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William & Mary Law Review
Procedural rulemaking is often thought of as a second-order task for the federal court system, relevant to the courts’ work but not essential to their function. In reality, rulemaking plays an integral role in the court system’s operation by actively insulating the courts from environmental pressure. This Article explains how power over procedural rulemaking protects the federal courts from environmental uncertainty and describes the court system’s efforts to maintain the effectiveness of the rulemaking buffer in response to historical and contemporary challenges.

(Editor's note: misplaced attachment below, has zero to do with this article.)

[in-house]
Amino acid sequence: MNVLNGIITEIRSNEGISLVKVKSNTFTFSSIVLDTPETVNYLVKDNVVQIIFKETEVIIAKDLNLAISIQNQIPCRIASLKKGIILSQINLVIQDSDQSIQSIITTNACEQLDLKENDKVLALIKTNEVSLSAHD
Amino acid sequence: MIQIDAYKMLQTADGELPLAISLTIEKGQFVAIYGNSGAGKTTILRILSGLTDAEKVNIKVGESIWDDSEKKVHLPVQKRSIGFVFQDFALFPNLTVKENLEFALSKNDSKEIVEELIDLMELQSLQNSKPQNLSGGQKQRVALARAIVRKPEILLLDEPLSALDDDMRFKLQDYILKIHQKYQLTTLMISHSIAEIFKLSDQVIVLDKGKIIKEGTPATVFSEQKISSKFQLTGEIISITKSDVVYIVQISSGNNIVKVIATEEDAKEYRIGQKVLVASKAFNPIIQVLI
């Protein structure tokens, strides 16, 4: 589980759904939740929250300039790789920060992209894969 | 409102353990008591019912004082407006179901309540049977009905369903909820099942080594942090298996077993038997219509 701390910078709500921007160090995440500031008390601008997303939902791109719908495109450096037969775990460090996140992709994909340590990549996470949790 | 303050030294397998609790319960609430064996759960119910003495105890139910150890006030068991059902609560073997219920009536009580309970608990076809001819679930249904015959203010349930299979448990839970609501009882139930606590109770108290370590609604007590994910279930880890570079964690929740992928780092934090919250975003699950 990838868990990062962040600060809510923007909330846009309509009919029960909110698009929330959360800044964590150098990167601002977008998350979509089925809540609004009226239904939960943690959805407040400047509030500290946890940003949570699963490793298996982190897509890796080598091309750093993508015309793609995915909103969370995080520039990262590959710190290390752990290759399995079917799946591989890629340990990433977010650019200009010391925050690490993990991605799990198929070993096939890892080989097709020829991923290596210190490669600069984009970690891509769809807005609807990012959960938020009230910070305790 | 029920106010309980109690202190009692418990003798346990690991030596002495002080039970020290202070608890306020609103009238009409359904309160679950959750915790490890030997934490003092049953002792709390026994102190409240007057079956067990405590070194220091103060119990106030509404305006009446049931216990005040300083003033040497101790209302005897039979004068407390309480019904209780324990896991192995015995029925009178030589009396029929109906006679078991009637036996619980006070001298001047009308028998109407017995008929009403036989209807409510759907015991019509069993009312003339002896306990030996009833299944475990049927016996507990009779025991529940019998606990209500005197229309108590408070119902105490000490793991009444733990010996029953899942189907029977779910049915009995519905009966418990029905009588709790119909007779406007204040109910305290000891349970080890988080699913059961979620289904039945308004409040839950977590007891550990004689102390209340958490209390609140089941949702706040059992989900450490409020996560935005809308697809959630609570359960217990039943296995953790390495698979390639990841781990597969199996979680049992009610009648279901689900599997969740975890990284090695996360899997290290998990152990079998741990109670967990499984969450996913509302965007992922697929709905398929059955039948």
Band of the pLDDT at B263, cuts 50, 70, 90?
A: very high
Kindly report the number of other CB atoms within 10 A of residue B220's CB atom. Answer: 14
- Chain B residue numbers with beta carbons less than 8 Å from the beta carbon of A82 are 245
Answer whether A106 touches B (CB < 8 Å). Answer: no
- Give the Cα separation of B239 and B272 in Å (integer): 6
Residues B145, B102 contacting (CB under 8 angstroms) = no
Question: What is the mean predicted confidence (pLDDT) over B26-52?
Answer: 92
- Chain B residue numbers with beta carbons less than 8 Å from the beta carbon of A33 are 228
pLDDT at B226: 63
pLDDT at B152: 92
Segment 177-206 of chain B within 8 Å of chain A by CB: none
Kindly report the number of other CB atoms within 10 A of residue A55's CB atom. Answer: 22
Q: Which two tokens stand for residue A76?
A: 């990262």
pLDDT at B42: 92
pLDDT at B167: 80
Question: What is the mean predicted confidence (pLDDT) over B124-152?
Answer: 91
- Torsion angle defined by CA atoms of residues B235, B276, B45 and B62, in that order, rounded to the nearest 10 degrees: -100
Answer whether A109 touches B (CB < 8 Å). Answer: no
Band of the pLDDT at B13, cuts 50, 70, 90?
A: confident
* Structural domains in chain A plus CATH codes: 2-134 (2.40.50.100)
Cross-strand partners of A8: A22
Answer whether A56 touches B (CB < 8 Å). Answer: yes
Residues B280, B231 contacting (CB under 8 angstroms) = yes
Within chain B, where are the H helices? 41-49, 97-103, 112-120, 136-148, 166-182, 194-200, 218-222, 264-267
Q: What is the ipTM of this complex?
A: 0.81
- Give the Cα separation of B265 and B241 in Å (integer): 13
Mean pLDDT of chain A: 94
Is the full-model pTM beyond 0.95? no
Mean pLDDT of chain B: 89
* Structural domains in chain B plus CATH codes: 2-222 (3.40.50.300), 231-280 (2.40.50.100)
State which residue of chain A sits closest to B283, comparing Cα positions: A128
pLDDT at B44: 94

Repository CitationJordan M. Singer, The Federal Courts’ Rulemaking Buffer, 60 Wm. & Mary L. Rev. 2239 (2019), https://scholarship.law.wm.edu/wmlr/vol60/iss6/5
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